To access in-flight information, from GPS to data about nearby aircraft, private pilots use the same devices that casual pilots have access to, found researchers from the University of California - San Diego (UC-SD) and Johns Hopkins University in the US.

"When you attack these devices, you do not have control over the aircraft but you have control over the information the pilot sees which could lead to catastrophic outcomes," said lead researcher Kirill Levchenko from UC.

An attacker could tamper with the display of aircraft altitude, direction, position, weather data and positions of other aircraft to the pilot, and make pilots take actions detrimental to flight safety.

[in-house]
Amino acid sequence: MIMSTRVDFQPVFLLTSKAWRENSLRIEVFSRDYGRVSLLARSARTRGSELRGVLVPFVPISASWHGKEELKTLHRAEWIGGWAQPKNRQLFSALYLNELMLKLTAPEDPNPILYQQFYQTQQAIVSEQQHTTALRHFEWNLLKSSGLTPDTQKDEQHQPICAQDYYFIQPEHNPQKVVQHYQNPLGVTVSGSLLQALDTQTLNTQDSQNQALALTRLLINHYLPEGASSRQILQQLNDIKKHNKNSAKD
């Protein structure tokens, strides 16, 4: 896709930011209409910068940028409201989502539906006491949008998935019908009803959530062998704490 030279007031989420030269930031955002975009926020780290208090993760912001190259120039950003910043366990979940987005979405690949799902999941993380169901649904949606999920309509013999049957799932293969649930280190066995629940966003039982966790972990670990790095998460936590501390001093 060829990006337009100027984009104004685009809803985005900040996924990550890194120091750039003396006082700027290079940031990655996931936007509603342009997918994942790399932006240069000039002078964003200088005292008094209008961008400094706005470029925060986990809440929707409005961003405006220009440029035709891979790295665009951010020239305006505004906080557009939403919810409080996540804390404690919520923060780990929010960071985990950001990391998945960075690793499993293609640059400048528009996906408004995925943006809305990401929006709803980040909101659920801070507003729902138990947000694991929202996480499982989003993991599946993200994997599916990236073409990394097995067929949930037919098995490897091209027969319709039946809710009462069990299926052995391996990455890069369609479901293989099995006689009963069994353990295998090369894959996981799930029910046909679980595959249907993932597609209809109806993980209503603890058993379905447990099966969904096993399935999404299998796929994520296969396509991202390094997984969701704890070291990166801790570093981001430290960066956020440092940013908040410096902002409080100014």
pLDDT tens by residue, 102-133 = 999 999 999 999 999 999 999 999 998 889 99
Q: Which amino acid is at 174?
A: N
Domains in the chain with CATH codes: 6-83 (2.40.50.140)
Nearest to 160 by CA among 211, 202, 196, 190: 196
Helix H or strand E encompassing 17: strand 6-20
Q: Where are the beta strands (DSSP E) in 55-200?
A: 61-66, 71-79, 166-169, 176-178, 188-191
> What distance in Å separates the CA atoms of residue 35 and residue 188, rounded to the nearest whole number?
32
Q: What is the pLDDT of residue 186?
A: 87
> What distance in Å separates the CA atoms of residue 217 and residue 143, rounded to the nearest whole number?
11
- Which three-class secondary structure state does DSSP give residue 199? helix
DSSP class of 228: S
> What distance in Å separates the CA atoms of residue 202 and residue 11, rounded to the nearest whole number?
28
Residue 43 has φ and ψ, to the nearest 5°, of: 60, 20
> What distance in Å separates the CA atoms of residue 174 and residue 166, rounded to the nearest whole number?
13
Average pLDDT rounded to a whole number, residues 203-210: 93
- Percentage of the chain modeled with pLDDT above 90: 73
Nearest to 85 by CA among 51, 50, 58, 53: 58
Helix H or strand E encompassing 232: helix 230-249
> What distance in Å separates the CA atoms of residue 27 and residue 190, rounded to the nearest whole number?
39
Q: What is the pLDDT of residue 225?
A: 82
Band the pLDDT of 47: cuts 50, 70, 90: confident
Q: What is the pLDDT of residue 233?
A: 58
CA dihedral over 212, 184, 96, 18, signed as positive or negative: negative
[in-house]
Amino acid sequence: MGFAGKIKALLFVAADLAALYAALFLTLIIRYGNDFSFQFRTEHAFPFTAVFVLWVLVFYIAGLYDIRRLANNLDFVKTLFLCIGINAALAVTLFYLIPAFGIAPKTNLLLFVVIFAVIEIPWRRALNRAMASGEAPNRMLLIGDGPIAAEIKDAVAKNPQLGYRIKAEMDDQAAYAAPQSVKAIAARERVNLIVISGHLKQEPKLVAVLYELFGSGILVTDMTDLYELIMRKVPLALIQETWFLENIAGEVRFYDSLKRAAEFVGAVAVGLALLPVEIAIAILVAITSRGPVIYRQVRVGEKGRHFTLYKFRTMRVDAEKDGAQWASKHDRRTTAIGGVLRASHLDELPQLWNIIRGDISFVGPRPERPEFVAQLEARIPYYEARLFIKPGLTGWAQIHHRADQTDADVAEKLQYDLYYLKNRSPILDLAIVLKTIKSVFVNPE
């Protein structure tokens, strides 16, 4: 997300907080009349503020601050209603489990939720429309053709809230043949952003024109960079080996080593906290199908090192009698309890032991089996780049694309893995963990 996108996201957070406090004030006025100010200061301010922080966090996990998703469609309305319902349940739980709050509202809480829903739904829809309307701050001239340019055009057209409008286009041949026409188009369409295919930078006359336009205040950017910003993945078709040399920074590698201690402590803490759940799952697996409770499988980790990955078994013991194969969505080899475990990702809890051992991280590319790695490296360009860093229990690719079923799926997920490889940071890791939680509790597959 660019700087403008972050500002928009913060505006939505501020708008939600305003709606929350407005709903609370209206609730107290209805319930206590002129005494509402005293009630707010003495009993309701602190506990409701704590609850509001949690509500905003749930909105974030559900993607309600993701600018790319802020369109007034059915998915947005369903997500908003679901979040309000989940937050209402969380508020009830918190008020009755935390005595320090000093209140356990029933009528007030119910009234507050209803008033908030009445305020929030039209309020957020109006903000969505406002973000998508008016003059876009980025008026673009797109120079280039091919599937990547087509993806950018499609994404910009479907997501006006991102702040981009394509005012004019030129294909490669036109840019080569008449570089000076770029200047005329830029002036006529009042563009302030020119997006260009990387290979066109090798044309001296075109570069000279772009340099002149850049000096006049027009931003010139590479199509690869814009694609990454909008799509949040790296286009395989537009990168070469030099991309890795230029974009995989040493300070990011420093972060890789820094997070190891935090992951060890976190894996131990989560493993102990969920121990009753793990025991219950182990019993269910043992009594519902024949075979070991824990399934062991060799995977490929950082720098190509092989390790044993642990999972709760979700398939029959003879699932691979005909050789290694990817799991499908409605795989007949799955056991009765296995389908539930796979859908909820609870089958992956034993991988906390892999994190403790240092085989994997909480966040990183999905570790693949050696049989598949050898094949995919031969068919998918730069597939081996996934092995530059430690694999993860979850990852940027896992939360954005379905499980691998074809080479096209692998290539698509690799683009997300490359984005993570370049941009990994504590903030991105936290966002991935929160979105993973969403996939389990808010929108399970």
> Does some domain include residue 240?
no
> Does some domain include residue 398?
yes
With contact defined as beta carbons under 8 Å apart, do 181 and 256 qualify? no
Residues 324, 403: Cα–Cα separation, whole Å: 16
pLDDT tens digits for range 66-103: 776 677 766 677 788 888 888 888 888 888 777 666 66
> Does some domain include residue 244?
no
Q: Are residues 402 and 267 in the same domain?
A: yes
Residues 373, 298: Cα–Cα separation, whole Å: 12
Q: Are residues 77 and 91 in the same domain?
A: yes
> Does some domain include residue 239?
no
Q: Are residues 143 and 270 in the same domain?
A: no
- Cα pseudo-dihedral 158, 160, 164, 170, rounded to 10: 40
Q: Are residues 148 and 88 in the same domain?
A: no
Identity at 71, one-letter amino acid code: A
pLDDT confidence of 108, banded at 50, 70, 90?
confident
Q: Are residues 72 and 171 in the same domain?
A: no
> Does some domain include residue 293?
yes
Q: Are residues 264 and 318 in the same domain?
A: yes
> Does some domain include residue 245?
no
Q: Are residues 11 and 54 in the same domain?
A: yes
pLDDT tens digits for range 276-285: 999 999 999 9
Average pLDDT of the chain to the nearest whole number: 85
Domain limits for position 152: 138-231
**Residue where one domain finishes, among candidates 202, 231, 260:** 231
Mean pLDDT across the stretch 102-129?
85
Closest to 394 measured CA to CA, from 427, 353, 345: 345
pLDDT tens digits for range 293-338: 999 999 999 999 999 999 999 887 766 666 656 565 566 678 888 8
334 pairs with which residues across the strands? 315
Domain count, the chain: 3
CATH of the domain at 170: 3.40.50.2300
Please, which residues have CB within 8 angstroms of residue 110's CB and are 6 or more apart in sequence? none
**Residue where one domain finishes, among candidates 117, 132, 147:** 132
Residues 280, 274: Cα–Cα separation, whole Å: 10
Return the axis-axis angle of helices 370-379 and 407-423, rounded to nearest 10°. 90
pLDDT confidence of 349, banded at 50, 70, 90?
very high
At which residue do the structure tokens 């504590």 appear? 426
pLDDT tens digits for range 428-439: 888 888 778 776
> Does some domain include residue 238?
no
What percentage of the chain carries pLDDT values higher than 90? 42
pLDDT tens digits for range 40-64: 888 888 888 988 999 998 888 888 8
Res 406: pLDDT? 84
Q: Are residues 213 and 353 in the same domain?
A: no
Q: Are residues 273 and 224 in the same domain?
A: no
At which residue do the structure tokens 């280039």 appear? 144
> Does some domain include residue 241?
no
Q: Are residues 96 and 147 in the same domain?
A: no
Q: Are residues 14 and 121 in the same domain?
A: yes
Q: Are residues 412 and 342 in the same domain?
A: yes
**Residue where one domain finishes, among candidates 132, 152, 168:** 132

The researchers outlined some steps to check the flaws such as securing communication between receiver and tablet, pairing the receiver with the tablet, signing firmware updates and requiring explicit user interaction before updating device firmware.

"The systems are new to the market. It's a great time to make them secure from the get-go," Levchenko added.

The research was presented at a Conference on Computer and Communications Security held in the US recently.